GIR Colloquium | ‘Vicarious Identity in International Relations’, Brent Steele
Thursday 27 May, 1:15 – 2:30pm, 441 and via Zoom*. For enquiries contact Prof Justin Hastings
Vicarious identification, or “living through another” is a familiar social-psychological concept. Shaped by insecurity and a lack of self-fulfillment, it refers to the processes by which actors gain a sense of self-identity, purpose, and self-esteem through appropriating the achievements and experiences of others. It is also an under-appreciated and increasingly relevant strategy of international relations. Vicarious Identity in International Relations examines the ways in which vicarious identity is relevant to global politics: across individuals; between citizens and states; and across states, regional communities, or civilizations. This talk based on the 2021 book will introduce vicarious identity, and demonstrate its operation through the case of the United States vis-à-vis Israel.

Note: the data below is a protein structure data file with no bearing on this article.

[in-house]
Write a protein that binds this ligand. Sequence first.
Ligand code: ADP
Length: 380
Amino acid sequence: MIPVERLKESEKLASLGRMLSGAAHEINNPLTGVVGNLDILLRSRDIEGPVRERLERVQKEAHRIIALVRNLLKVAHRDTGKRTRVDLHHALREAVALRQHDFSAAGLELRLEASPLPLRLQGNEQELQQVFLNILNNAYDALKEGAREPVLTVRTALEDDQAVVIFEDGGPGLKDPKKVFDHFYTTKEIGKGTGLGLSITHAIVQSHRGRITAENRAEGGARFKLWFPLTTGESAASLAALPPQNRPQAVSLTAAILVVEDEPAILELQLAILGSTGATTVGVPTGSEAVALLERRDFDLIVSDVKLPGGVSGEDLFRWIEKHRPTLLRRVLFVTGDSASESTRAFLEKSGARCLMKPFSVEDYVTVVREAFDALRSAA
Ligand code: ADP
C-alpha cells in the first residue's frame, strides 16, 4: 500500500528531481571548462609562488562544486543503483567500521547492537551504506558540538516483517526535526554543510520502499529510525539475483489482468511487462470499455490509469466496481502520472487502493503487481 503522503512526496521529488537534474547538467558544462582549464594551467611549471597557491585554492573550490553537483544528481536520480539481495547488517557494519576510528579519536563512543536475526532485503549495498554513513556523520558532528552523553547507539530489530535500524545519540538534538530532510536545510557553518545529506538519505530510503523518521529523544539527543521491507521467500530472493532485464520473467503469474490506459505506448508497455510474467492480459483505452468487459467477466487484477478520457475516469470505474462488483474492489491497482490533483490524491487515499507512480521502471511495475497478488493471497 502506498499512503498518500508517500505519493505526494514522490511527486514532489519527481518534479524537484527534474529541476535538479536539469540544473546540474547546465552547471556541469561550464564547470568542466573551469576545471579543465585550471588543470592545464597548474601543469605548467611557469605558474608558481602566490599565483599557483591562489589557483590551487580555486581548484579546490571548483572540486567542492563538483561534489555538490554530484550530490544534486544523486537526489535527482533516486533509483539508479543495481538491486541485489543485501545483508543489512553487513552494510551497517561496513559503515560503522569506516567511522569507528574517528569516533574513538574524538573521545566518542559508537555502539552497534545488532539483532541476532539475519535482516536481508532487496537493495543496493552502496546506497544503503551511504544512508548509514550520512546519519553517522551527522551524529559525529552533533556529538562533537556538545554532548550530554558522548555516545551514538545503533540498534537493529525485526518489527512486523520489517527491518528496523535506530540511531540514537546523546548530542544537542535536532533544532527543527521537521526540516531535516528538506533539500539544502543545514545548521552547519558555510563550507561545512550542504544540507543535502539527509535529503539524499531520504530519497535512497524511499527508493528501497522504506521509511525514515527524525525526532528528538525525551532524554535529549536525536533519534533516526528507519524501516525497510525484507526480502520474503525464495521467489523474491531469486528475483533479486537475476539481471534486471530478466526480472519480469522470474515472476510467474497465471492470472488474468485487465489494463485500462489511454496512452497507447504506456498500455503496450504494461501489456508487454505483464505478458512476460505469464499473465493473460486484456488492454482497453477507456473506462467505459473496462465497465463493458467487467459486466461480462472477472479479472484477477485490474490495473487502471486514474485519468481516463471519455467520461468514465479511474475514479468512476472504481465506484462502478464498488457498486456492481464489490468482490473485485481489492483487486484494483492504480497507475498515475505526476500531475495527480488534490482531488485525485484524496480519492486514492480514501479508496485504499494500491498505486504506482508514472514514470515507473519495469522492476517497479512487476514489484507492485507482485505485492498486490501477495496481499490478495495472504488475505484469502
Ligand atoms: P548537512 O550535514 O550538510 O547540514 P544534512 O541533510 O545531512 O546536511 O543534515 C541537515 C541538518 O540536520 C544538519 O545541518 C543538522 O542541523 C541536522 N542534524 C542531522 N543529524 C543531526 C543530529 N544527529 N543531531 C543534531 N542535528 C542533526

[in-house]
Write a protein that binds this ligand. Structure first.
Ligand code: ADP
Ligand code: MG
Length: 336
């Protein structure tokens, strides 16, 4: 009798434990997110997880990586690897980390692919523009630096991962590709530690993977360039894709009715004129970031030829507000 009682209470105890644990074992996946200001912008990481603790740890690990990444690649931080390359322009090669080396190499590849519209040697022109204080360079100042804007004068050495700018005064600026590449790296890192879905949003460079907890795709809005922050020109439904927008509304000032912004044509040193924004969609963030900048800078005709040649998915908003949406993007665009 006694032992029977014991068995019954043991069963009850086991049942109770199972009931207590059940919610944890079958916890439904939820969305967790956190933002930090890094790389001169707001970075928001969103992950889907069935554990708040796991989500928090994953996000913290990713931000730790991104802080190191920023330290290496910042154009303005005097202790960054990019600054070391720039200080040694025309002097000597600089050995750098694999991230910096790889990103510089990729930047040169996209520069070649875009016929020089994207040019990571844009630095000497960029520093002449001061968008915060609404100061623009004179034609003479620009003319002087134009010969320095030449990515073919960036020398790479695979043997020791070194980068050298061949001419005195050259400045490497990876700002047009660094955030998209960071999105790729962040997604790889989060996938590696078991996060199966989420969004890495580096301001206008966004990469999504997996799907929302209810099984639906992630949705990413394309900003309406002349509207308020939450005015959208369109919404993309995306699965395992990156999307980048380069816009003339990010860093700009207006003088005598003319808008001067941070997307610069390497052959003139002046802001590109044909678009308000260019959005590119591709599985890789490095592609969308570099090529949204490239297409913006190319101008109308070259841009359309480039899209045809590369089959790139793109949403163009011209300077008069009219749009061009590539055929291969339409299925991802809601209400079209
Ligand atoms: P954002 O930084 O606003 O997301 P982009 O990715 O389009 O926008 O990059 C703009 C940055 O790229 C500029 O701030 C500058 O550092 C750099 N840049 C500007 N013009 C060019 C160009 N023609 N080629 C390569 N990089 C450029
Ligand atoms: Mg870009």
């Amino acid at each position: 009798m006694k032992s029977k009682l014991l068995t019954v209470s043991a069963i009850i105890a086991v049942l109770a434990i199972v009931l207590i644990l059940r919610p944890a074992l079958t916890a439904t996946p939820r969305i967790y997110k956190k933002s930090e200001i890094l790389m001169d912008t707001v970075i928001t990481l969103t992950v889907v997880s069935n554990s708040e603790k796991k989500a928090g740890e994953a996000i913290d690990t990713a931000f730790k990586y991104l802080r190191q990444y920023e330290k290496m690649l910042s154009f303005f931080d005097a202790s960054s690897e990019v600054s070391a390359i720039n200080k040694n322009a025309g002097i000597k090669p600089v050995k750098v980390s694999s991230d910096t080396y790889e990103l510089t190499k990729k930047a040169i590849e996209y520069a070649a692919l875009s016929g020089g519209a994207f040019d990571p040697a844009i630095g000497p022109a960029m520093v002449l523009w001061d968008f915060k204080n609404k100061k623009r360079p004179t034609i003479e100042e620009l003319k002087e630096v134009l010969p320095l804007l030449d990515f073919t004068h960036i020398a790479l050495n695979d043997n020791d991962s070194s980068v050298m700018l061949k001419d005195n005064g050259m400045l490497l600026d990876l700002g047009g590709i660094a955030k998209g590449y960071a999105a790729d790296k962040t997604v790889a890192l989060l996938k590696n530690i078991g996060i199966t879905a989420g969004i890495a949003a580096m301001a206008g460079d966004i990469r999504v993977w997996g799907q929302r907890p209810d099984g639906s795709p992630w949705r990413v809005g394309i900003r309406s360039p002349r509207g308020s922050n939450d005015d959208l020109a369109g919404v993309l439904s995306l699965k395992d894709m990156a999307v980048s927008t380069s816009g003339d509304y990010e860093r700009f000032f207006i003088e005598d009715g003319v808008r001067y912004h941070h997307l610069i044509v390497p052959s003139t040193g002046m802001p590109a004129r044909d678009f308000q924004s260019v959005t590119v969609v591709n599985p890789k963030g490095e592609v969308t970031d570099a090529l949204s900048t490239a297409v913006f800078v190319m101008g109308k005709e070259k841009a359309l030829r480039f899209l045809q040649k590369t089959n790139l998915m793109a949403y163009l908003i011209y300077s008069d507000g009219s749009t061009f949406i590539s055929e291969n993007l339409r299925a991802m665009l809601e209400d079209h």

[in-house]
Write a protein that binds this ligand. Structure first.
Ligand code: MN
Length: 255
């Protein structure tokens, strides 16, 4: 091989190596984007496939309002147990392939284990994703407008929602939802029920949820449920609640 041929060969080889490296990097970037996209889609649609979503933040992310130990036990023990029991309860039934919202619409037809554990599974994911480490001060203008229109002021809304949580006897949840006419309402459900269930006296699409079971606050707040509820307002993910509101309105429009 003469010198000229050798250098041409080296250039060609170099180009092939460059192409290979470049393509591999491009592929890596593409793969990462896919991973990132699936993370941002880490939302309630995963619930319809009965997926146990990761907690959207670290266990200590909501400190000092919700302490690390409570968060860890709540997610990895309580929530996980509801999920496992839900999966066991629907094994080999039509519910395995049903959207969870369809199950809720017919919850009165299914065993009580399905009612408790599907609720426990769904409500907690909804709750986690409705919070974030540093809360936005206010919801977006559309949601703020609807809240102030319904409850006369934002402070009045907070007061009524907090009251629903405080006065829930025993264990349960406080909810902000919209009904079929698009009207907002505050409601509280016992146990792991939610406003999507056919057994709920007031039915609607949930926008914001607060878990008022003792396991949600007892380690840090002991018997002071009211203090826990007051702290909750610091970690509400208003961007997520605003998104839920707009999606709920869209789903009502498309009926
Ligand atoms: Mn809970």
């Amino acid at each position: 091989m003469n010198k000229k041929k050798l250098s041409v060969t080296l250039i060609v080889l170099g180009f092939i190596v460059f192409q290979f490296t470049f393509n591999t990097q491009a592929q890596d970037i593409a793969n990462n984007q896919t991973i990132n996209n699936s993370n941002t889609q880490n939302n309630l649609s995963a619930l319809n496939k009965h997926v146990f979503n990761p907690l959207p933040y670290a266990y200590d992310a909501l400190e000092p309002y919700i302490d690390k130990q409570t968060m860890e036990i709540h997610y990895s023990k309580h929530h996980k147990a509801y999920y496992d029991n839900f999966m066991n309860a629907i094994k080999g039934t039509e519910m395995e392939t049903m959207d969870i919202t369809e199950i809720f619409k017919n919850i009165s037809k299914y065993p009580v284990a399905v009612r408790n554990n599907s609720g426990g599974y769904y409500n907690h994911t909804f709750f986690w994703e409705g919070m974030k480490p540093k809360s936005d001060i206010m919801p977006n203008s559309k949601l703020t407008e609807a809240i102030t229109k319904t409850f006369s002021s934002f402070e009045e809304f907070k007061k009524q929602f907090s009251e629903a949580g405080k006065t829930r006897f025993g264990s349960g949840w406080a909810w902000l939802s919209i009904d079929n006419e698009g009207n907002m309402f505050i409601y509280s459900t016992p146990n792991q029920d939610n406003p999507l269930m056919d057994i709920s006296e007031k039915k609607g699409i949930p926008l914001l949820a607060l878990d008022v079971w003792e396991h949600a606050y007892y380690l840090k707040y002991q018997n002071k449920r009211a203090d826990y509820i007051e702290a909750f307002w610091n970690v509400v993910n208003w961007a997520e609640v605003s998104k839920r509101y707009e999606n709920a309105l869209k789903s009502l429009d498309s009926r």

About the Speaker
Brent J. Steele is the Francis D. Wormuth Presidential Chair, Department Chair and Professor of Political Science at the University of Utah, and the co-editor in chief of Global Studies Quarterly. In addition to Vicarious Identity in International Relations, he is also the author of the recent Restraint in International Politics (Cambridge University Press, 2019), which co-won the ISA Theory section book award for 2020.